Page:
My recent trout fishing outings have left me with not only food for my barbecue but also food for thought. I'm one of those "vegetarians" that will eat seafood and dairy but won't eat soup made of chicken stock. I wear leather cowboy boots but won't go near a steak. I will also eat venison if I know the hunter and hear his story to be assured the animal didn't suffer. So it's time to address my inconsistencies and hypocrisies before I can carry on with this lifestyle choice.
It all began seven years ago in June (my birthday - a time for life reflections) when I finally committed to going veg. I had read philosophical essays and seen videos of chicken factory farms and decided I would try to end animal cruelty in my own small way. I resolved to be more like Gandhi, figuring if he could do it before the mass availability of soy products, I could do it too. Looking back, I remember I was also spending the majority of my days in supermarket meat departments fending off meat thieves in my role as a store detective. In hindsight, it may have been the hours spent staring at gizzards and other raw meats, pretending to be interested in buying them, that turned me off more so than Gandhi's teachings.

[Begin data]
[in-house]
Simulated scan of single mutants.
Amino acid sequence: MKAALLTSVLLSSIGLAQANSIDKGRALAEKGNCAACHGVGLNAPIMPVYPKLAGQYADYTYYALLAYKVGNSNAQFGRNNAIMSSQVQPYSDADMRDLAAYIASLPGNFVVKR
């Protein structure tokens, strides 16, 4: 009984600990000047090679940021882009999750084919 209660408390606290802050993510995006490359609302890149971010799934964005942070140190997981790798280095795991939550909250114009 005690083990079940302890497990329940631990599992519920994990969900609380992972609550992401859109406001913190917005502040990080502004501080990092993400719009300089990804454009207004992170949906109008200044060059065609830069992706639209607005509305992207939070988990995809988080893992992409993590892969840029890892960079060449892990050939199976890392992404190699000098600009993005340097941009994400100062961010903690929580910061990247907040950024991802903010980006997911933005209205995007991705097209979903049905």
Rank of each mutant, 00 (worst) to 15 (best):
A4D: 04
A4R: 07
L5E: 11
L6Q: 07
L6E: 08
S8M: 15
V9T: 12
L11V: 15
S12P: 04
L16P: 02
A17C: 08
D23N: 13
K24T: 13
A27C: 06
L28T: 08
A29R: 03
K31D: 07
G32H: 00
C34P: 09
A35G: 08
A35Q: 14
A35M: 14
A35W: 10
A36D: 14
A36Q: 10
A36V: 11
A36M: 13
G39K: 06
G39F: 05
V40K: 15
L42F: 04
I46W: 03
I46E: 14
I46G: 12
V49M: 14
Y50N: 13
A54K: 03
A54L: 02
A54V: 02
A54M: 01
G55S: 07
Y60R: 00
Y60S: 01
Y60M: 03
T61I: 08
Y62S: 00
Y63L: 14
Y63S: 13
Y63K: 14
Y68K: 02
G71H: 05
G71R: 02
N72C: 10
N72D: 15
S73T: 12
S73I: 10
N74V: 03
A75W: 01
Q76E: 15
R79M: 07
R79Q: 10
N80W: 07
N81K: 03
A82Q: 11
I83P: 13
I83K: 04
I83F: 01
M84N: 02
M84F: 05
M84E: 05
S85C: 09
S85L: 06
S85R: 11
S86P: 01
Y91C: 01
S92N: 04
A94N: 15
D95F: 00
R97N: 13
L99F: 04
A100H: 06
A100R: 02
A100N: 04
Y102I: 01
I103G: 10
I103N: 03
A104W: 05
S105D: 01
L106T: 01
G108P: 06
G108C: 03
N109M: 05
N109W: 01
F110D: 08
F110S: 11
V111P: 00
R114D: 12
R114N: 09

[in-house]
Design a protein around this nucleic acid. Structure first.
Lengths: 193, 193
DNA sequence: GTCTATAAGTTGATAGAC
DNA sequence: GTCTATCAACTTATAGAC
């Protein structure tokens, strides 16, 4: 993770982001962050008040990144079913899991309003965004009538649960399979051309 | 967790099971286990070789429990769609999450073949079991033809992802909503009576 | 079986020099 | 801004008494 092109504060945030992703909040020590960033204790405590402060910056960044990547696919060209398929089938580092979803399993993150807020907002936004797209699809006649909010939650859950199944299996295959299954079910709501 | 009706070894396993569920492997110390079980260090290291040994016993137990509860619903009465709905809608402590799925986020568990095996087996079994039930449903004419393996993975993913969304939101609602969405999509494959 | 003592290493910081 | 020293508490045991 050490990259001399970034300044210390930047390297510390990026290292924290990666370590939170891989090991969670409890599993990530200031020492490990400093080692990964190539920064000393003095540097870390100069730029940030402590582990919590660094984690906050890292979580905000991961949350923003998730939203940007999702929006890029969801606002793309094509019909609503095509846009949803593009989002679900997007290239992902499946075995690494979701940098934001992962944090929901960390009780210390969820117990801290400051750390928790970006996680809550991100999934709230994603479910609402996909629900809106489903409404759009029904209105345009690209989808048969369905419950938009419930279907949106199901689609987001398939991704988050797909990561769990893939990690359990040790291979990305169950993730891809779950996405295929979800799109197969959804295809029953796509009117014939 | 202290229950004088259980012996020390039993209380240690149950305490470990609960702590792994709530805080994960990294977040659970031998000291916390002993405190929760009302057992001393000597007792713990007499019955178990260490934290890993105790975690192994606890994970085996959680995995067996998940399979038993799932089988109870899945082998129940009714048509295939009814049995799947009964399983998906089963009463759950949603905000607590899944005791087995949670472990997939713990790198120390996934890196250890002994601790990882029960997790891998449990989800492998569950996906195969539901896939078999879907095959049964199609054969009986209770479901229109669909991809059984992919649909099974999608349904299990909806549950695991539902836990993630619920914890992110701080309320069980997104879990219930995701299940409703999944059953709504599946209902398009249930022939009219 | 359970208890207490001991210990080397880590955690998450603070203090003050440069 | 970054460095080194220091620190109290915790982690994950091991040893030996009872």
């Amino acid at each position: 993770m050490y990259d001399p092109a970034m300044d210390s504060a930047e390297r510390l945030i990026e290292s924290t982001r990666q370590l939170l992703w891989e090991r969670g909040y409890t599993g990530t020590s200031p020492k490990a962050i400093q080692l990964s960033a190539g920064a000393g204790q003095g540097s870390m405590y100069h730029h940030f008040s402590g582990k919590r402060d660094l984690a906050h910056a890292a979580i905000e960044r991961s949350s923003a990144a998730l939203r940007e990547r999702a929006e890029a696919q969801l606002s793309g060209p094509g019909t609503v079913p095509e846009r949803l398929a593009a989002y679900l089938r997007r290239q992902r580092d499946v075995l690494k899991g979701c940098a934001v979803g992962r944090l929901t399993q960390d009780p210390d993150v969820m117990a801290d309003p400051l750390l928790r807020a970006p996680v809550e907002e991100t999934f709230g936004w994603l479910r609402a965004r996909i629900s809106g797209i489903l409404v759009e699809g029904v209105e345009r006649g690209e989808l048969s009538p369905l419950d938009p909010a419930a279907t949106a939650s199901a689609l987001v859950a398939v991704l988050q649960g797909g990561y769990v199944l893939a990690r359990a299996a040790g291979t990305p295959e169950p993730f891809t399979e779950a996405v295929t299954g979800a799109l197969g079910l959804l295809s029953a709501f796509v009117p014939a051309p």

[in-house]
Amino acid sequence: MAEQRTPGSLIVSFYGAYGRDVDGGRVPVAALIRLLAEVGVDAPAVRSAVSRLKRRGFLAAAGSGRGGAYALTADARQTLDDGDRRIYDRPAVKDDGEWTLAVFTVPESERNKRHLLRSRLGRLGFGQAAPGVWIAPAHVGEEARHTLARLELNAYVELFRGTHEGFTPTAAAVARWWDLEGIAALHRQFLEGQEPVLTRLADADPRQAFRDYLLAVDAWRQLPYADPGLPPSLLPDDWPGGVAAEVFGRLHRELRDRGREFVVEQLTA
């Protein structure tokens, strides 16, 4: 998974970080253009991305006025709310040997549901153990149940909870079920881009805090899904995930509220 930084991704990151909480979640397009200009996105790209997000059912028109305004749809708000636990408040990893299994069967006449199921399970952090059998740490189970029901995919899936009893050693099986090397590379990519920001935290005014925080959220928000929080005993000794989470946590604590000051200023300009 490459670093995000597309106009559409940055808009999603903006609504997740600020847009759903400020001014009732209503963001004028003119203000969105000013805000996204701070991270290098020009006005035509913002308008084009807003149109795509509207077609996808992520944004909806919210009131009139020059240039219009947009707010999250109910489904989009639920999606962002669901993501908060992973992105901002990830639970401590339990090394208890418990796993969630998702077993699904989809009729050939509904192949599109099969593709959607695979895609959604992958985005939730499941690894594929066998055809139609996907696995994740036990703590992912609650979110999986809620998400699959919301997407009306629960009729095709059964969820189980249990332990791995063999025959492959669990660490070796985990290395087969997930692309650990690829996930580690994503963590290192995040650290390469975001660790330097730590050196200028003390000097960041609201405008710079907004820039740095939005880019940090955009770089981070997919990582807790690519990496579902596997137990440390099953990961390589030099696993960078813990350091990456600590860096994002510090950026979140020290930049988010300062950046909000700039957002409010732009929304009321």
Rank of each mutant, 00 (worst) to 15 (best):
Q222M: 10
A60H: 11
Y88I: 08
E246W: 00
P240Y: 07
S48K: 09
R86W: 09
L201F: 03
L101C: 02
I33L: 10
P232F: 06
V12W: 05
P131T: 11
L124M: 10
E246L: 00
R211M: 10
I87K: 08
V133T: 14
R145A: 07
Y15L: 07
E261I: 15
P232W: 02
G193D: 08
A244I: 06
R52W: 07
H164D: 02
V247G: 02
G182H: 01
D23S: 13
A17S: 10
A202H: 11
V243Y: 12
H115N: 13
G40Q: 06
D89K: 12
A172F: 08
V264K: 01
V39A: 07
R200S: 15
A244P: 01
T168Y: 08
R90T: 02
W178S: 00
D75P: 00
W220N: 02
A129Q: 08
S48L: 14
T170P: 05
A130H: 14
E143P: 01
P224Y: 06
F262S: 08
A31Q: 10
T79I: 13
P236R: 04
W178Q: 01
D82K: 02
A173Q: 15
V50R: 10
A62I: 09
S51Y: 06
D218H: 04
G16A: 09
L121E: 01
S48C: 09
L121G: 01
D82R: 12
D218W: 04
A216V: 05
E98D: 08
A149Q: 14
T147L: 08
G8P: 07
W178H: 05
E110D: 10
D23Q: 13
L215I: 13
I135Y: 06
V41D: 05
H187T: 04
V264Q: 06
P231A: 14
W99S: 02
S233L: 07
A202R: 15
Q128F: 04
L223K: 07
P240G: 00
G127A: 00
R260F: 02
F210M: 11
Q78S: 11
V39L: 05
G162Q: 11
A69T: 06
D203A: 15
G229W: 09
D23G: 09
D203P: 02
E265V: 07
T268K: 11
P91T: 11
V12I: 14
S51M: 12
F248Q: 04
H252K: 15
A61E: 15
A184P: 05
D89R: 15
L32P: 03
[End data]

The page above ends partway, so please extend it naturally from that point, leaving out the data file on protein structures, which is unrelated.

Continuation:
Nonetheless, I had made my decision. I spent the next several years being nearly ostracized from my relatives and coming up against other obstacles in finding vegetarian foods all the time. It's now become such a part of my daily life that I had forgotten why I was doing it and didn't realize I may not want to do it anymore. Last time I checked, my efforts so far haven't changed the world.
Just as it took baby steps to become vegetarian, my next baby steps back again could be to go organic instead of going straight back to the frozen meats. Living on the Sunshine Coast, there are plenty of free-range and organic foods available. Humane and environmentally-sustainable food producers should be supported as an alternative to mass food production. Also the larger businesses that support food banks or other community programs should be supported.
This change of mine was already on my mind when I went to a food security meeting this week for the Sunshine Coast's community food action initiative. Ideas about encouraging people to grow their own vegetables and concerns about people not having the time to truly appreciate cooking were flying around the room. I could use some planting lessons, since all the seeds I planted last year sprouted only weeds. Brainstorming and networking sessions like the one I attended are important for coming up with strategies to address food issues. I applaud the people who are putting work into this initiative for a self-reliant Sunshine Coast where no one should be deprived of nutritious food.